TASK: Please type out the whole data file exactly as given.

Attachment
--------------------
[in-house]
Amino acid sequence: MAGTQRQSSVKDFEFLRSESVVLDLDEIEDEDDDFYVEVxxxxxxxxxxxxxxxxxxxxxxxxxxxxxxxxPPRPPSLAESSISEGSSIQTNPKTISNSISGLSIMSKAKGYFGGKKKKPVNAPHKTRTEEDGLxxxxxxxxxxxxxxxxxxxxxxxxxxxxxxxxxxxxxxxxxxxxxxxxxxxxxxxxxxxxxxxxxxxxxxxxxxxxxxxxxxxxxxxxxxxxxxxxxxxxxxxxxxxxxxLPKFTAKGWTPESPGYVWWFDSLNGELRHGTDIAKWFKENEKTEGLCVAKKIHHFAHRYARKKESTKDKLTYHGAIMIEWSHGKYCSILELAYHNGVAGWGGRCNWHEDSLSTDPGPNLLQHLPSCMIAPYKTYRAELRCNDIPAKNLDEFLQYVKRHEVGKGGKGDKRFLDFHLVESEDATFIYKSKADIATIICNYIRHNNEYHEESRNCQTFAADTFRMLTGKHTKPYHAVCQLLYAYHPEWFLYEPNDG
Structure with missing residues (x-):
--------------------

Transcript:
[in-house]
Amino acid sequence: MAGTQRQSSVKDFEFLRSESVVLDLDEIEDEDDDFYVEVxxxxxxxxxxxxxxxxxxxxxxxxxxxxxxxxPPRPPSLAESSISEGSSIQTNPKTISNSISGLSIMSKAKGYFGGKKKKPVNAPHKTRTEEDGLxxxxxxxxxxxxxxxxxxxxxxxxxxxxxxxxxxxxxxxxxxxxxxxxxxxxxxxxxxxxxxxxxxxxxxxxxxxxxxxxxxxxxxxxxxxxxxxxxxxxxxxxxxxxxxLPKFTAKGWTPESPGYVWWFDSLNGELRHGTDIAKWFKENEKTEGLCVAKKIHHFAHRYARKKESTKDKLTYHGAIMIEWSHGKYCSILELAYHNGVAGWGGRCNWHEDSLSTDPGPNLLQHLPSCMIAPYKTYRAELRCNDIPAKNLDEFLQYVKRHEVGKGGKGDKRFLDFHLVESEDATFIYKSKADIATIICNYIRHNNEYHEESRNCQTFAADTFRMLTGKHTKPYHAVCQLLYAYHPEWFLYEPNDG
Structure with missing residues (x-):